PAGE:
If they have poor distance vision and poor near vision, you know they are hypermetropic (or they have amblyopia, or ocular pathology or cerebral visual impairment – this should be clear from your history).

Visual acuity testing of a child

Although children can be unpredictable, which adds stress to an examination setting since it is something you cannot control, there are a number of useful ways of handling this that come with experience in assessing the visual behaviour of children.

It is important to spend time with orthoptic staff, since this is the best way to learn to be comfortable with the following:

  • patching as a means of occlusion (note that objection to occlusion implies poor acuity in the other eye)
  • assessing if a child’s vision is central (i.e. no squint), steady (i.e. conjugate movements with no nystagmus) and maintained through the duration of a blink (i.e. there is sufficient acuity to fixate on and follow an object of interest, demonstrating that it is seen)
  • preselected tests, such as Cardiff Cards, Kay Pictures, single optotype or crowded charts, used to assess binocular and monocular distance acuity.

Retinoscopy (objective refraction)

Retinoscopy basics

The aim of retinoscopy is to obtain an objective refraction – that is, an estimation of the patient’s spectacle prescription using a process that does not require any decisions to be made by the patient.

Retinoscopy also gives a good benchmark from which the prescription can be fine-tuned using subjective techniques (using subjective rather than objective refraction from the beginning takes considerably longer).

Retinoscopy is an invaluable process for children or adults with learning disability, as these patients will not be able to answer the questions required for subjective refraction. For these patients, your spectacle prescription will be based on your retinoscopy alone.

A retinoscope produces a light, which, with the cuff fully down, is linear (the scope slit). For more information on the retinoscope, see Appendix 2. Quite simply, the scope slit light is passed across the patient’s pupil and a light within the pupil (the reflex) is observed. By noting the quality of this reflex, various lenses are then placed in the trial frame to neutralise the reflex. As neutralisation is approached, the reflex will become faster and brighter. A dull, slow reflex implies neutralisation is not close. At neutralisation, the reflex is a glowing bright pupil; at this point, the lenses in the trial frame provide the objective spectacle prescription (once corrected for working distance).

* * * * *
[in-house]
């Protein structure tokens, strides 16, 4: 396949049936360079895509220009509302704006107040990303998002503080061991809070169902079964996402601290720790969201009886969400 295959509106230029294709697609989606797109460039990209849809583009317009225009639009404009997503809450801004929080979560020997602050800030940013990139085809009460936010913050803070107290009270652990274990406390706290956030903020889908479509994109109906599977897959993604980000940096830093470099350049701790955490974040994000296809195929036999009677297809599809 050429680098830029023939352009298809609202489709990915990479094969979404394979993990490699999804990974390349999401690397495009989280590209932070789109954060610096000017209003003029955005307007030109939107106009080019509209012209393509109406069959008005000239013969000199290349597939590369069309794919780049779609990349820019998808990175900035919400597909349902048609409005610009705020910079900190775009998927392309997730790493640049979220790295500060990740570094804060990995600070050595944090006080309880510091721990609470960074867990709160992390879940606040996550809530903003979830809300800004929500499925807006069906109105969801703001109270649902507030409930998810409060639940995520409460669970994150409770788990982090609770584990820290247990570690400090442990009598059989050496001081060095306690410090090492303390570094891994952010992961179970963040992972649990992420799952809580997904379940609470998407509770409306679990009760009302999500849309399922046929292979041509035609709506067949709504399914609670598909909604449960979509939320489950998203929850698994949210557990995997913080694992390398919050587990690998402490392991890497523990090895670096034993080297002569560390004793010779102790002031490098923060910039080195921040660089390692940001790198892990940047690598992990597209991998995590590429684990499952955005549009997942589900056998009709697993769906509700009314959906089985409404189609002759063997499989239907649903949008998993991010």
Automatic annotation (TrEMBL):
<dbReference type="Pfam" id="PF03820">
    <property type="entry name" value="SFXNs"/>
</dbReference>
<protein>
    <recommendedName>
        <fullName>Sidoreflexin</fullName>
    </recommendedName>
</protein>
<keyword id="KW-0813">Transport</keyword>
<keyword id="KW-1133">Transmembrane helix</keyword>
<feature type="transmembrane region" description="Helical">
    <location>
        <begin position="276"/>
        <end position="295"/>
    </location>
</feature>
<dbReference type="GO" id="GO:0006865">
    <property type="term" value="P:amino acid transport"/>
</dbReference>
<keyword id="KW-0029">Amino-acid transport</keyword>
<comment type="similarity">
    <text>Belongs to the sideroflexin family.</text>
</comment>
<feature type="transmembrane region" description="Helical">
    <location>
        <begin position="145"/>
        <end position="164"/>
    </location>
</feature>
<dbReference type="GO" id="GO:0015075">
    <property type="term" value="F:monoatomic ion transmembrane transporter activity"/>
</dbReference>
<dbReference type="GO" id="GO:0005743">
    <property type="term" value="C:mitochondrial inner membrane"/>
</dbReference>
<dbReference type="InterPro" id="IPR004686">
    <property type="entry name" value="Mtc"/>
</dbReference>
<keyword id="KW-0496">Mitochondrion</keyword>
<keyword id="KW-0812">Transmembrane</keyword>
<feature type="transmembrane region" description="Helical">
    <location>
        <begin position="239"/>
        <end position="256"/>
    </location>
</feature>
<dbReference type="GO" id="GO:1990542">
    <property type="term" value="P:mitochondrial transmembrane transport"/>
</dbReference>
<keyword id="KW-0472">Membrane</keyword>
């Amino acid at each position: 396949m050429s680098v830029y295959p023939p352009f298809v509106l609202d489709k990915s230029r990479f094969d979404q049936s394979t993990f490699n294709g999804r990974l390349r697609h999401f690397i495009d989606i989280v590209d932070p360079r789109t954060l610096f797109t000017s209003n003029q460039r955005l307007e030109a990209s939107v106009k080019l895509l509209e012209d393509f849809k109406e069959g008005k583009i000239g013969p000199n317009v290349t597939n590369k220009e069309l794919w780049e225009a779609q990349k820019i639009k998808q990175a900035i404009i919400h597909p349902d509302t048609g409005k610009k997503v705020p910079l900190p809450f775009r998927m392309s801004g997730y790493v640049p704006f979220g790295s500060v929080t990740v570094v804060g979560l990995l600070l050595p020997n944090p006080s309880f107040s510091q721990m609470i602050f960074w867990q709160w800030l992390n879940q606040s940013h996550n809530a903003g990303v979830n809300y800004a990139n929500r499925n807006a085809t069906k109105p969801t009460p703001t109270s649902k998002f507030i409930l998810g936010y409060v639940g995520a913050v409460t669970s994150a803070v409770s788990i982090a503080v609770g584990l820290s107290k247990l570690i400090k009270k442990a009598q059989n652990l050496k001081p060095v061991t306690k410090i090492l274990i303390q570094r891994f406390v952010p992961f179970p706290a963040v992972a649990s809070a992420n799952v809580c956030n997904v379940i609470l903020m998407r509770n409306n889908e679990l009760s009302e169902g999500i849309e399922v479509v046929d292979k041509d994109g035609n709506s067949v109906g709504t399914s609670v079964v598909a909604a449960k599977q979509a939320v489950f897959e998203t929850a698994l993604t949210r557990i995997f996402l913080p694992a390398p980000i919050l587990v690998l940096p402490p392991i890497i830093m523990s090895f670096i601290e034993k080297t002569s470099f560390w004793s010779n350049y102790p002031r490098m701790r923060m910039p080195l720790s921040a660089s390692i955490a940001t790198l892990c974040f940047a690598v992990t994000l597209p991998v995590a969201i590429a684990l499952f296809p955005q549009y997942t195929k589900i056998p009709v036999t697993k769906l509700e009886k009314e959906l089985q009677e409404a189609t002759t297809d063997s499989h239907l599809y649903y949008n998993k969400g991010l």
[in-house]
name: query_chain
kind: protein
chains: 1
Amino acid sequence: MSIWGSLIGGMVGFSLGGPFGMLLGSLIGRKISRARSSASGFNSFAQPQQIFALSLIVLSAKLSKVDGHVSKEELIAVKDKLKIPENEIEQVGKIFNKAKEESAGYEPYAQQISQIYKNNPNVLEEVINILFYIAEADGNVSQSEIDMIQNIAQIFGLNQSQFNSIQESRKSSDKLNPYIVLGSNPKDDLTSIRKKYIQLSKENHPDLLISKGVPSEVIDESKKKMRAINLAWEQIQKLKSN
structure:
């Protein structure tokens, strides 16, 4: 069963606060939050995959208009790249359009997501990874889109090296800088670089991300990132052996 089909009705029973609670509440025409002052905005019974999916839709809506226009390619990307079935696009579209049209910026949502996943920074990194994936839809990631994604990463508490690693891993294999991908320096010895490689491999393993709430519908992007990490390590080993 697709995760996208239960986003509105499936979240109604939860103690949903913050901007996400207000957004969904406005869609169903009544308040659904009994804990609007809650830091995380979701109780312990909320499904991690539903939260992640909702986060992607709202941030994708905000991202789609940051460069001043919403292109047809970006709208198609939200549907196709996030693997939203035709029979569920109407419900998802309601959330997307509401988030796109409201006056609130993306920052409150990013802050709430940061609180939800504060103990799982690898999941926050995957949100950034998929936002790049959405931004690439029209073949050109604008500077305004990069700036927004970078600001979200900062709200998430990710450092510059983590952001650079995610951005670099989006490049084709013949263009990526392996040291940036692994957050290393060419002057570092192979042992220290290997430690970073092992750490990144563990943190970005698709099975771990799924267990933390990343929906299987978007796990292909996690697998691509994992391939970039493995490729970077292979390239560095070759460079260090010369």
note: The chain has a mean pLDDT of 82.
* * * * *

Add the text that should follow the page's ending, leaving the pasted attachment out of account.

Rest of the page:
The scope slit is held at a certain angle (say, vertically) then swept across the pupil in a direction perpendicular to the orientation of the scope slit (in this case, horizontally). As the scope slit passes across the pupil, the reflex can be noted to have certain characteristics: (a) direction, (b) orientation, and (c) brightness and speed.

Characteristics of retinoscope reflex


  • with or against or neutralised.


  • vertical, horizontal or oblique
  • scissor reflex.

Brightness and speed:

  • bright and fast
  • dull and slow.

Direction of reflex

A ‘with’ reflex is seen if, as your slit passes across the pupil, a light within the pupil (the reflex) moves in the same direction (see Figure 4.2). A plus lens must be added to the trial frame to approach neutralisation.

An ‘against’ reflex is seen if, as your slit passes across the pupil, a light within the pupil (the reflex) moves in the opposite direction (see Figure 4.3). A minus lens must be added to the trial frame to approach neutralisation.


Figure 4.2 A ‘with’ reflex. The scope slit is orientated vertically and swept horizontally across the pupil to give a with reflex


Figure 4.3 An ‘against’ reflex. The scope slit is orientated vertically and swept horizontally across the pupil to give an against reflex

To neutralise:

with reflex … add plus lens

against reflex … add minus lens.

Therefore, to approach neutralisation, either a plus (if with reflex) or minus (if against reflex) must be added to the trial frame. If the reflex is already quite fast and bright, only 0.25 or 0.50 may be sufficient to reach neutralisation. To confirm neutralisation, you can lean backwards, further away from the patient (reflex becomes against) or lean forwards closer to the patient (reflex becomes with). This is because the closer you are, the more minus must be added to correct for the working distance (see ‘Correction for working distance’, p. 34). Alternatively, to ensure the end point has been reached, add a +0.25 lens, which should give an against reflex. Such reversal of the reflex is important to achieve, since it highlights that the true end point of neutralisation has been established.